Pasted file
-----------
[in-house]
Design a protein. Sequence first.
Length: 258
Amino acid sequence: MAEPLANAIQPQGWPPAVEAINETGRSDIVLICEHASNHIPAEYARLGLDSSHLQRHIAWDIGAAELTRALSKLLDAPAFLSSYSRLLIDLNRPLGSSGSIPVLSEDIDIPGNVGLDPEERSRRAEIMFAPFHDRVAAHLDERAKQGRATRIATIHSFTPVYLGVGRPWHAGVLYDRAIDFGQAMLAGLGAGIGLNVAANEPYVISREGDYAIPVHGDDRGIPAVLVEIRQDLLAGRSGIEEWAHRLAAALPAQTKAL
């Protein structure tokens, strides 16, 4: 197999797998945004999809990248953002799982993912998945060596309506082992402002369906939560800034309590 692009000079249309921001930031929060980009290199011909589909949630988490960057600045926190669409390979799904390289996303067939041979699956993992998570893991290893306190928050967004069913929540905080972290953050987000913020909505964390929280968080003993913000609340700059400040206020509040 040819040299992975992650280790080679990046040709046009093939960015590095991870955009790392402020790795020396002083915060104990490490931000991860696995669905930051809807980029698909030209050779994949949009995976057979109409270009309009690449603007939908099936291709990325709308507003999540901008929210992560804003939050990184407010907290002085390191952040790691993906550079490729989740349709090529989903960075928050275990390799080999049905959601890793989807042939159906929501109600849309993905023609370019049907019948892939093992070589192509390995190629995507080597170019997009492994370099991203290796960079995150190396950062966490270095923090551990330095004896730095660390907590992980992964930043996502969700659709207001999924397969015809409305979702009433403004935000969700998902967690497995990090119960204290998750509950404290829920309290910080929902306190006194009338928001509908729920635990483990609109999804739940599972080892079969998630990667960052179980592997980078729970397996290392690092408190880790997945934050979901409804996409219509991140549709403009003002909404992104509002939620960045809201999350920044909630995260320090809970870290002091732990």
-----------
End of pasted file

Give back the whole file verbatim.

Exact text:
[in-house]
Design a protein. Sequence first.
Length: 258
Amino acid sequence: MAEPLANAIQPQGWPPAVEAINETGRSDIVLICEHASNHIPAEYARLGLDSSHLQRHIAWDIGAAELTRALSKLLDAPAFLSSYSRLLIDLNRPLGSSGSIPVLSEDIDIPGNVGLDPEERSRRAEIMFAPFHDRVAAHLDERAKQGRATRIATIHSFTPVYLGVGRPWHAGVLYDRAIDFGQAMLAGLGAGIGLNVAANEPYVISREGDYAIPVHGDDRGIPAVLVEIRQDLLAGRSGIEEWAHRLAAALPAQTKAL
């Protein structure tokens, strides 16, 4: 197999797998945004999809990248953002799982993912998945060596309506082992402002369906939560800034309590 692009000079249309921001930031929060980009290199011909589909949630988490960057600045926190669409390979799904390289996303067939041979699956993992998570893991290893306190928050967004069913929540905080972290953050987000913020909505964390929280968080003993913000609340700059400040206020509040 040819040299992975992650280790080679990046040709046009093939960015590095991870955009790392402020790795020396002083915060104990490490931000991860696995669905930051809807980029698909030209050779994949949009995976057979109409270009309009690449603007939908099936291709990325709308507003999540901008929210992560804003939050990184407010907290002085390191952040790691993906550079490729989740349709090529989903960075928050275990390799080999049905959601890793989807042939159906929501109600849309993905023609370019049907019948892939093992070589192509390995190629995507080597170019997009492994370099991203290796960079995150190396950062966490270095923090551990330095004896730095660390907590992980992964930043996502969700659709207001999924397969015809409305979702009433403004935000969700998902967690497995990090119960204290998750509950404290829920309290910080929902306190006194009338928001509908729920635990483990609109999804739940599972080892079969998630990667960052179980592997980078729970397996290392690092408190880790997945934050979901409804996409219509991140549709403009003002909404992104509002939620960045809201999350920044909630995260320090809970870290002091732990």